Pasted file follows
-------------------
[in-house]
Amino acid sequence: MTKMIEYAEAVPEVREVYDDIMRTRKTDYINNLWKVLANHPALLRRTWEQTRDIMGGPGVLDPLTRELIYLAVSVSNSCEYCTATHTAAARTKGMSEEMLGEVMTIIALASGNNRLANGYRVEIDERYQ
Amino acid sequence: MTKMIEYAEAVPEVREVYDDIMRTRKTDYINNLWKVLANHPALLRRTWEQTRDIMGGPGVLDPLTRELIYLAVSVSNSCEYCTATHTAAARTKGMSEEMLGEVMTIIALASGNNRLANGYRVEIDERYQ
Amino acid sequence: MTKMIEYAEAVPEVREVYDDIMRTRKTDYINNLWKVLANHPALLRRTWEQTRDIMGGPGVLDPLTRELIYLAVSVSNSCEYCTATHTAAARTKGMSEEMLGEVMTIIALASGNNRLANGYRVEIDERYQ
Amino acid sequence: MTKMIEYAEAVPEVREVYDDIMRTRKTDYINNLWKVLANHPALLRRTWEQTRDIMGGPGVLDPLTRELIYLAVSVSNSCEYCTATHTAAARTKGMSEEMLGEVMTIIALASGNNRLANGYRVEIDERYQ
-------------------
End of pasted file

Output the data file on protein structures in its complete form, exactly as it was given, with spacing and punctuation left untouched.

[in-house]
Amino acid sequence: MTKMIEYAEAVPEVREVYDDIMRTRKTDYINNLWKVLANHPALLRRTWEQTRDIMGGPGVLDPLTRELIYLAVSVSNSCEYCTATHTAAARTKGMSEEMLGEVMTIIALASGNNRLANGYRVEIDERYQ
Amino acid sequence: MTKMIEYAEAVPEVREVYDDIMRTRKTDYINNLWKVLANHPALLRRTWEQTRDIMGGPGVLDPLTRELIYLAVSVSNSCEYCTATHTAAARTKGMSEEMLGEVMTIIALASGNNRLANGYRVEIDERYQ
Amino acid sequence: MTKMIEYAEAVPEVREVYDDIMRTRKTDYINNLWKVLANHPALLRRTWEQTRDIMGGPGVLDPLTRELIYLAVSVSNSCEYCTATHTAAARTKGMSEEMLGEVMTIIALASGNNRLANGYRVEIDERYQ
Amino acid sequence: MTKMIEYAEAVPEVREVYDDIMRTRKTDYINNLWKVLANHPALLRRTWEQTRDIMGGPGVLDPLTRELIYLAVSVSNSCEYCTATHTAAARTKGMSEEMLGEVMTIIALASGNNRLANGYRVEIDERYQ